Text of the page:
- Due for release 4 November 2019
(books may not be despatched until this date)
- £10.00 (signed by the artist, including FREE postage in UK)
- 129 × 198 × 28 mm (portrait)
- Softcover, 368 pages (with b/w illustrations)
- Published by Luath Press, Edinburgh (ISBN 978-1912147960)
- Typeset by Main Point Books, Edinburgh
- Cover illustration by Neil Scott, Glasgow
- Printed in Glasgow by Bell & Bain
How would your career, social life, family ties, carbon footprint and mental health be affected if you could not leave the city where you live?
Named after the term used to describe Glasgow’s mysteriously poor public health and funded to the tune of £15,000 by Creative Scotland, this controversial ‘durational performance’ centred on a simple proposition – that the artist would refuse to travel beyond Glasgow’s city limits, or use any vehicles except her bike, for a whole calendar year.
“It’s horrendously crass to parachute someone in on a poverty safari while local authorities are cutting finance to things like music tuition for Scotland’s poorest kids. I don’t know the artist personally but I think we’d all benefit more from an insight into what goes on in the minds of some of Scotland’s middle class.” ― Darren McGarvey, Daily Record (January 2016)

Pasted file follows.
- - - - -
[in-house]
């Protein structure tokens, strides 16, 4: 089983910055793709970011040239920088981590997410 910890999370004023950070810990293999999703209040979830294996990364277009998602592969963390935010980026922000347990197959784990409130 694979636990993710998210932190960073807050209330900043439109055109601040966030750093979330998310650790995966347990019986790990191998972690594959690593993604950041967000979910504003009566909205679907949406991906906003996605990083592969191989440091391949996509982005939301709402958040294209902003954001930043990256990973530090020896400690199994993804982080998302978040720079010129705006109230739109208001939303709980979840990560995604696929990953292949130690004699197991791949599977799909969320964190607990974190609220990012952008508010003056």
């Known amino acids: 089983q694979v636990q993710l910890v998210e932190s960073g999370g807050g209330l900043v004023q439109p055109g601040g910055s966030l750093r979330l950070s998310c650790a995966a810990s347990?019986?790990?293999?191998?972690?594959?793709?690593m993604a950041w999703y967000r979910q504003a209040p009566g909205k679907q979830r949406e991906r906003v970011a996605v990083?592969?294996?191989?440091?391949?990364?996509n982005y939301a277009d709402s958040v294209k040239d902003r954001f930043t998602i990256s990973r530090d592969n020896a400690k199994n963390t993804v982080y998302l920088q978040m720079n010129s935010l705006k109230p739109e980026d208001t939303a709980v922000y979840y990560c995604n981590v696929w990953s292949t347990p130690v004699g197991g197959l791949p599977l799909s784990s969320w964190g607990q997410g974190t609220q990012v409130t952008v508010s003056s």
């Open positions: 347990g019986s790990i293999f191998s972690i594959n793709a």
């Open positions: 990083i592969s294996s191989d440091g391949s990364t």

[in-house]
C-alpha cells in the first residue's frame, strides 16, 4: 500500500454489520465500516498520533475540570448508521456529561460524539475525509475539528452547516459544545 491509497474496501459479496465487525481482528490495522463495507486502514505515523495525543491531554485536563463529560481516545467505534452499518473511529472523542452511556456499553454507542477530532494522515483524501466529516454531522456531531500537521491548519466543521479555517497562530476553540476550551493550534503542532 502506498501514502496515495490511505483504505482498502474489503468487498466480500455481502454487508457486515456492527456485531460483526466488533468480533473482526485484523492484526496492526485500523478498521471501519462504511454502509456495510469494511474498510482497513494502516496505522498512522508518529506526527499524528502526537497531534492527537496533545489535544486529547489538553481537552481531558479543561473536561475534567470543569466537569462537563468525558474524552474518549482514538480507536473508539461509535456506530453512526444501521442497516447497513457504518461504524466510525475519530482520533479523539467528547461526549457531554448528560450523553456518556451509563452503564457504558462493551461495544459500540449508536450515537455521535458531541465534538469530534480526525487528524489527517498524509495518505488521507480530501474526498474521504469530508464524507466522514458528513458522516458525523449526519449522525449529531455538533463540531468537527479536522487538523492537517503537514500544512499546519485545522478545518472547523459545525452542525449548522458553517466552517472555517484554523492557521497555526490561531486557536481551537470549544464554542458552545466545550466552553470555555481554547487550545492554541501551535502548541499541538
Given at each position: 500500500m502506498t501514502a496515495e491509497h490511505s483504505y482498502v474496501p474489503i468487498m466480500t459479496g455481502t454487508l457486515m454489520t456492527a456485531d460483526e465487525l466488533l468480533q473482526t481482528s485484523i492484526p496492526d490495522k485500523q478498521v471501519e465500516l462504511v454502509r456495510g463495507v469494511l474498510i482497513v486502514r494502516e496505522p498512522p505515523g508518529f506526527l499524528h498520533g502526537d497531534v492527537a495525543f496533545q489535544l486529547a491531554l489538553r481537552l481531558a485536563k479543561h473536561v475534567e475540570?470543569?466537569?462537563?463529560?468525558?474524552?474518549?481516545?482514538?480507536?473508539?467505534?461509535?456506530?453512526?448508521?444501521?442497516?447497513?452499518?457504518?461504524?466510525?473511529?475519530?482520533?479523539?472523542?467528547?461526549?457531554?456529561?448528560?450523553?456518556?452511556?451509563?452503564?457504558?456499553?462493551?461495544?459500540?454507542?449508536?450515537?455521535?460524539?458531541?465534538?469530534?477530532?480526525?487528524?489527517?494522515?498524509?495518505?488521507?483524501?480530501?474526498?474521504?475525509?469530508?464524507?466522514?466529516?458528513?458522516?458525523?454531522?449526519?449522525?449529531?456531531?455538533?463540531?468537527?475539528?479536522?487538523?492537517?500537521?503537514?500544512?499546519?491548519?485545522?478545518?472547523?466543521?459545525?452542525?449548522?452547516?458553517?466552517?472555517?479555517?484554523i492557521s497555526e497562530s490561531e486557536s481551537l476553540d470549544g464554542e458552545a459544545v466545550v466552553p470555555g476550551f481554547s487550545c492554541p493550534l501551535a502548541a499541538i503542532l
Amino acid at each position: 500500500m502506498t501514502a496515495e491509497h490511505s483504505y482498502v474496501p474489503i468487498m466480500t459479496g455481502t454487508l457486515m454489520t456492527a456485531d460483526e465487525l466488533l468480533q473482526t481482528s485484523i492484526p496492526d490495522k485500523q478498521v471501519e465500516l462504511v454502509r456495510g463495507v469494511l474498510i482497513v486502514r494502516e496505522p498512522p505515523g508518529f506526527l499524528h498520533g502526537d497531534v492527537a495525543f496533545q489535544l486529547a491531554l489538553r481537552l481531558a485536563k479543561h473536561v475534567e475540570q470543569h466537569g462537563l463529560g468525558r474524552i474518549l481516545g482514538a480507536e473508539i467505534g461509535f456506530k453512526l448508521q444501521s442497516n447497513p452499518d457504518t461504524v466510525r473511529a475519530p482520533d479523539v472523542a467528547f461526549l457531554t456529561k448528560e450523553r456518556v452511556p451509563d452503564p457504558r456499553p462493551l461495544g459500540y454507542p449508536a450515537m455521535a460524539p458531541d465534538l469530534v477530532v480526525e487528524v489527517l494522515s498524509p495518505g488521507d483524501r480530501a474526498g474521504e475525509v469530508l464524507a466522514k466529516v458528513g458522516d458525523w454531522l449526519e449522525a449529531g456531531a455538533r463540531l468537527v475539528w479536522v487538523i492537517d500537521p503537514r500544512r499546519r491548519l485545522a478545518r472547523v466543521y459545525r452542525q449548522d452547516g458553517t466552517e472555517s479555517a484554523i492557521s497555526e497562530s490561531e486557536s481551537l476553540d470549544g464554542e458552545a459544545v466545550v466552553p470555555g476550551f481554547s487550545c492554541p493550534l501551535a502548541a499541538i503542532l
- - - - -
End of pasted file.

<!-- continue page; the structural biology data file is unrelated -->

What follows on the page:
“I’d already lived in Glasgow over seven years when the ‘chips hit the fan’ in January 2016. It was frustrating how the media took everything out of context. The Glasgow Effect was an epic undertaking resulting from years of research – a project which has shaped my thinking, action and life course ever since. This book is that hidden story.” Ellie Harrison (March 2019)
This simple proposition – to attempt to live a ‘low-carbon lifestyle of the future’ – put forward by an English artist living in post-industrial Glasgow cut to the heart of the unequal world we have created. A world in which some live transient and disconnected existences within a global ‘knowledge economy’ racking up huge carbon footprints as they chase work around the world, whilst others, trapped in a cycle of poverty caused by deindustrialisation and the lack of local opportunities, cannot even afford the bus fare into town. We’re all equally miserable. Isn’t it time we re-thought the way we live our lives?
In this, her first book, Ellie Harrison traces her own life’s trajectory to examine the relationship between literal and social mobility; between class and carbon footprint. From the personal to the political, she uses experiences and knowledge gained in Glasgow in 2016 and beyond, together with the ideas of Patrick Geddes – who coined the phrase ‘Think Global, Act Local’ in 1915, economist EF Schumacher who made the case for localism in Small is Beautiful in 1973, and the Fearless Cities movement of today, to put forward her own vision for ‘the sustainable city of the future’, in which we can all live happy, healthy and creative lives.